Availability

Results in 3-4 weeks. We do not offer a maternal cell contamination (MCC) test at the moment. We offer prenatal testing only for cases where the maternal cell contamination studies (MCC) are done by a local genetic laboratory. Read more.

Genes in the Hyperlipidemia Panel and their clinical significance
GeneAssociated phenotypesInheritanceClinVarHGMD
ABCA1Tangier disease, ABCA1 deficiency, HDL deficiencyAD/AR21213
ABCG5SitosterolemiaAR1037
ABCG8SitosterolemiaAR1138
APOA1Amyloidosis, systemic nonneuronopathic, HypoalphalipoproteinemiaAD/AR2675
APOBHypobetalipoproteinemia, HypercholesterolemiaAD/AR26245
APOC3Apolipoprotein C-III deficiencyAD617
APOESea-blue histiocyte disease, Dysbetalipoproteinemia, familial (Hyperlipoproteinemia), Lipoprotein glomerulopathyAD/AR3160
LDLRHypercholesterolemiaAD/AR14102027
LDLRAP1HypercholesterolemiaAR918
LPLLipoprotein lipase deficiency, Hyperlipoproteinemia, Combined hyperlipidemia, familialAD/AR40216
PCSK9HypercholesterolemiaAD1089

Gene, refers to HGNC approved gene symbol; Inheritance to inheritance patterns such as autosomal dominant (AD), autosomal recessive (AR) and X-linked (XL); ClinVar, refers to a number of variants in the gene classified as pathogenic or likely pathogenic in ClinVar (http://www.ncbi.nlm.nih.gov/clinvar/); HGMD, refers to a number of variants with possible disease association in the gene listed in Human Gene Mutation Database (HGMD, http://www.hgmd.cf.ac.uk/ac/). The list of associated (gene specific) phenotypes are generated from CDG (http://research.nhgri.nih.gov/CGD/) or Orphanet (http://www.orpha.net/) databases.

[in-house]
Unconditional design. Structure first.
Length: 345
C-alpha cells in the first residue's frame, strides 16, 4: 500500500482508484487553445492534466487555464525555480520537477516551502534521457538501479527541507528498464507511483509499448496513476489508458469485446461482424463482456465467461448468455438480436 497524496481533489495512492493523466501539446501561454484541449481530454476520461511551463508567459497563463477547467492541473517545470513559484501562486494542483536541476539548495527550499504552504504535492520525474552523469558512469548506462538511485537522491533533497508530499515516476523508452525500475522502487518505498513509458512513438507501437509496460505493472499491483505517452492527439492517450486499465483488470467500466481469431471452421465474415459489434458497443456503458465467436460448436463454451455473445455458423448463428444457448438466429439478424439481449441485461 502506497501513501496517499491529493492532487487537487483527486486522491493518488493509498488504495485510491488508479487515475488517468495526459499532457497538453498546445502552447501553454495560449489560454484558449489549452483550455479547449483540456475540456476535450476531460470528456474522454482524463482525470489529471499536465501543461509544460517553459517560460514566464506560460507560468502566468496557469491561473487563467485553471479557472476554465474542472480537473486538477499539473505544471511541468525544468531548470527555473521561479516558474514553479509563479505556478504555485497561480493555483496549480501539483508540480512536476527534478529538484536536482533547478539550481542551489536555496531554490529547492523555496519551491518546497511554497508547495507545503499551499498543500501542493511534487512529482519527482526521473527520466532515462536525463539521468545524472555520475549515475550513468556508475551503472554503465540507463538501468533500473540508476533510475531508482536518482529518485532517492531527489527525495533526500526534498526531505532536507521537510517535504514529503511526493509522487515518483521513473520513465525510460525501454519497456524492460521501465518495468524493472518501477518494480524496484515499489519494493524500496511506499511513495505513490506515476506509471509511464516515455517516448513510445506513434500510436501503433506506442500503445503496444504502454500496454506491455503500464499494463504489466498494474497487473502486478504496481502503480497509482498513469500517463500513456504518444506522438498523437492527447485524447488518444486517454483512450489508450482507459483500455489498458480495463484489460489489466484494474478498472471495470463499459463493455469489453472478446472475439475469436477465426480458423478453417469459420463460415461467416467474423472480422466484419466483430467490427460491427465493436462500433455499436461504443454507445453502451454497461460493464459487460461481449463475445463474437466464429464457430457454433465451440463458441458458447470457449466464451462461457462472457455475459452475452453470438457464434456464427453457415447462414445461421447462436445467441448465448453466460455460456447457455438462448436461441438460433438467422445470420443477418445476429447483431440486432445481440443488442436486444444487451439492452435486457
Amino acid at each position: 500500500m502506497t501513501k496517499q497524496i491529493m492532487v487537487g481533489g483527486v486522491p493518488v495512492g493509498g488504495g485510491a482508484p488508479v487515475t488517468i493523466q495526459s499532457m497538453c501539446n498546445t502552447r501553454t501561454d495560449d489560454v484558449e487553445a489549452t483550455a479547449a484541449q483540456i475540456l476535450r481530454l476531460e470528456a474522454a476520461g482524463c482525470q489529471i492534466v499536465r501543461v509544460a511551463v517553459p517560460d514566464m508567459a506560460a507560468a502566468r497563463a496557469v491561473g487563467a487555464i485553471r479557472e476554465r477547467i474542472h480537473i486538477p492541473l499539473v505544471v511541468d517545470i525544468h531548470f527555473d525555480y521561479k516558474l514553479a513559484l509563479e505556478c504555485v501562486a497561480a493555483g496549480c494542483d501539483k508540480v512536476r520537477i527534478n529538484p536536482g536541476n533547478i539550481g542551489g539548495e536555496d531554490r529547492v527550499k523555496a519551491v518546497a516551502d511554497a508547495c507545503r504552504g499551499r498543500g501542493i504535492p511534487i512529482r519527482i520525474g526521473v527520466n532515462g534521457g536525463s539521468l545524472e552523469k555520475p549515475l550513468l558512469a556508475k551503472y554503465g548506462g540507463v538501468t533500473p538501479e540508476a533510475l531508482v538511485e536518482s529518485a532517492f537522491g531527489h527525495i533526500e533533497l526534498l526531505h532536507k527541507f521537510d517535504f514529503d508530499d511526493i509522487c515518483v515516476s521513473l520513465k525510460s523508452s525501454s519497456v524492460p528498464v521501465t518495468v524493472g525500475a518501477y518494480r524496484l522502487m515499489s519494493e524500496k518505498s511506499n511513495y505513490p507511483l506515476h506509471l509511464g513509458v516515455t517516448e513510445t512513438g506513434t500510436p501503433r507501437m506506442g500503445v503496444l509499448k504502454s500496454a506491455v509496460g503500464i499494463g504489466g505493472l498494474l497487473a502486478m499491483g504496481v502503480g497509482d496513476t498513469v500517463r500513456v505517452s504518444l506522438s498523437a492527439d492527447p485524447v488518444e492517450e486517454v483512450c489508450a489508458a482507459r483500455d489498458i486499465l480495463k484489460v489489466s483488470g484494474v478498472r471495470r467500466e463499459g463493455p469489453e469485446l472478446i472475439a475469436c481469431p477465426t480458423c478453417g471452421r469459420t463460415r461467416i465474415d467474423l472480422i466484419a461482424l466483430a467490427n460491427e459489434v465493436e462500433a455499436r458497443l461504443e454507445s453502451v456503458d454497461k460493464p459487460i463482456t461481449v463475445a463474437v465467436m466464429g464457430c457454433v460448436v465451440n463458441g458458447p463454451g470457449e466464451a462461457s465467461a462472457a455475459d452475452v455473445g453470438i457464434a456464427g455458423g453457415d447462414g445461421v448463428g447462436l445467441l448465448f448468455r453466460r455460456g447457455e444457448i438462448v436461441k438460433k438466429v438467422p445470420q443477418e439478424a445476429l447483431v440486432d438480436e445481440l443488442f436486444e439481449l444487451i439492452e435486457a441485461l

Blueprint Genetics offers a comprehensive hyperlipidemia panel that covers classical genes associated with disorder of lipoprotein metabolism, unspecified, familial hypercholesterolemia, lipoprotein deficiency, mixed hyperlipidaemia and other hyperlipidaemia. The genes are carefully selected based on the existing scientific evidence, our experience and most current mutation databases. Candidate genes are excluded from this first-line diagnostic test. The test does not recognise balanced translocations or complex inversions, and it may not detect low-level mosaicism. The test should not be used for analysis of sequence repeats or for diagnosis of disorders caused by mutations in the mitochondrial DNA.

Please see our latest validation report showing sensitivity and specificity for SNPs and indels, sequencing depth, % of the nucleotides reached at least 15x coverage etc. If the Panel is not present in the report, data will be published when the Panel becomes available for ordering. Analytical validation is a continuous process at Blueprint Genetics. Our mission is to improve the quality of the sequencing process and each modification is followed by our standardized validation process. All the Panels available for ordering have sensitivity and specificity higher than > 0.99 to detect single nucleotide polymorphisms and a high sensitivity for indels ranging 1-19 bp. The diagnostic yield varies substantially depending on the used assay, referring healthcare professional, hospital and country. Blueprint Genetics’ Plus Analysis (Seq+Del/Dup) maximizes the chance to find molecular genetic diagnosis for your patient although Sequence Analysis or Del/Dup Analysis may be cost-effective first line test if your patient’s phenotype is suggestive for a specific mutation profile. Detection limit for Del/Dup analysis varies through the genome from one to six exon Del/Dups depending on exon size, sequencing coverage and sequence content.